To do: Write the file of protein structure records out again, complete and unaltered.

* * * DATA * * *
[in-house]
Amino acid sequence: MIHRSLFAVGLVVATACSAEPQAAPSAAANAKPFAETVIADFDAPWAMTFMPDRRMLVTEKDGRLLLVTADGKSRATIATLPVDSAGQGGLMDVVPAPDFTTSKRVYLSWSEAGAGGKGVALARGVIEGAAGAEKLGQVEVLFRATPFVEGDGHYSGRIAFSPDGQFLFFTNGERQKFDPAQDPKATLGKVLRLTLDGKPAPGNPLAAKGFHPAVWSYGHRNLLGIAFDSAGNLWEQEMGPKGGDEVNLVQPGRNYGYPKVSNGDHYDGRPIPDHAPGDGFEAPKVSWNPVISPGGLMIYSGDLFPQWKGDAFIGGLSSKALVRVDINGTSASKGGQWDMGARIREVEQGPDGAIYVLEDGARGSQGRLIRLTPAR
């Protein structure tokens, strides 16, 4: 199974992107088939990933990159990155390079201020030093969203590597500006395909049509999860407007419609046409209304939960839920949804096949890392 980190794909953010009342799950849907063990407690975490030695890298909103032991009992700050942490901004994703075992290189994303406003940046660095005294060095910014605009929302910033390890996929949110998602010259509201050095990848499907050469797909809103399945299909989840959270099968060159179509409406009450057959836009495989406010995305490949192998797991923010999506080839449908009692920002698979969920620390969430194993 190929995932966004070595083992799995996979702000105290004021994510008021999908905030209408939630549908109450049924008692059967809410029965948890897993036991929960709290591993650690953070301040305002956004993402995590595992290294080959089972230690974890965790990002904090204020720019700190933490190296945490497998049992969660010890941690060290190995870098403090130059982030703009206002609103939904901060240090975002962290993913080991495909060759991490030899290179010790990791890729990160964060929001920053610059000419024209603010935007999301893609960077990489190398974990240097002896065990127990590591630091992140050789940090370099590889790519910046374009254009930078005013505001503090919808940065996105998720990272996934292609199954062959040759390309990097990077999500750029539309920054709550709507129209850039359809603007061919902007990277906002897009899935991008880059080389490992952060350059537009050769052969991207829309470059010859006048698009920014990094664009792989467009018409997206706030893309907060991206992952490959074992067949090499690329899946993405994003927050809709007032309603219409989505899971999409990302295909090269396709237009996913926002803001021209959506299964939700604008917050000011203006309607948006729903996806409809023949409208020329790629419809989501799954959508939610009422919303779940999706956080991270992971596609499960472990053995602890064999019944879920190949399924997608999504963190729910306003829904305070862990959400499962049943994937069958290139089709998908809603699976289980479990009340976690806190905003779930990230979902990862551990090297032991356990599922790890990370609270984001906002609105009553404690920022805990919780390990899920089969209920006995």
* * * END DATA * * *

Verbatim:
[in-house]
Amino acid sequence: MIHRSLFAVGLVVATACSAEPQAAPSAAANAKPFAETVIADFDAPWAMTFMPDRRMLVTEKDGRLLLVTADGKSRATIATLPVDSAGQGGLMDVVPAPDFTTSKRVYLSWSEAGAGGKGVALARGVIEGAAGAEKLGQVEVLFRATPFVEGDGHYSGRIAFSPDGQFLFFTNGERQKFDPAQDPKATLGKVLRLTLDGKPAPGNPLAAKGFHPAVWSYGHRNLLGIAFDSAGNLWEQEMGPKGGDEVNLVQPGRNYGYPKVSNGDHYDGRPIPDHAPGDGFEAPKVSWNPVISPGGLMIYSGDLFPQWKGDAFIGGLSSKALVRVDINGTSASKGGQWDMGARIREVEQGPDGAIYVLEDGARGSQGRLIRLTPAR
């Protein structure tokens, strides 16, 4: 199974992107088939990933990159990155390079201020030093969203590597500006395909049509999860407007419609046409209304939960839920949804096949890392 980190794909953010009342799950849907063990407690975490030695890298909103032991009992700050942490901004994703075992290189994303406003940046660095005294060095910014605009929302910033390890996929949110998602010259509201050095990848499907050469797909809103399945299909989840959270099968060159179509409406009450057959836009495989406010995305490949192998797991923010999506080839449908009692920002698979969920620390969430194993 190929995932966004070595083992799995996979702000105290004021994510008021999908905030209408939630549908109450049924008692059967809410029965948890897993036991929960709290591993650690953070301040305002956004993402995590595992290294080959089972230690974890965790990002904090204020720019700190933490190296945490497998049992969660010890941690060290190995870098403090130059982030703009206002609103939904901060240090975002962290993913080991495909060759991490030899290179010790990791890729990160964060929001920053610059000419024209603010935007999301893609960077990489190398974990240097002896065990127990590591630091992140050789940090370099590889790519910046374009254009930078005013505001503090919808940065996105998720990272996934292609199954062959040759390309990097990077999500750029539309920054709550709507129209850039359809603007061919902007990277906002897009899935991008880059080389490992952060350059537009050769052969991207829309470059010859006048698009920014990094664009792989467009018409997206706030893309907060991206992952490959074992067949090499690329899946993405994003927050809709007032309603219409989505899971999409990302295909090269396709237009996913926002803001021209959506299964939700604008917050000011203006309607948006729903996806409809023949409208020329790629419809989501799954959508939610009422919303779940999706956080991270992971596609499960472990053995602890064999019944879920190949399924997608999504963190729910306003829904305070862990959400499962049943994937069958290139089709998908809603699976289980479990009340976690806190905003779930990230979902990862551990090297032991356990599922790890990370609270984001906002609105009553404690920022805990919780390990899920089969209920006995």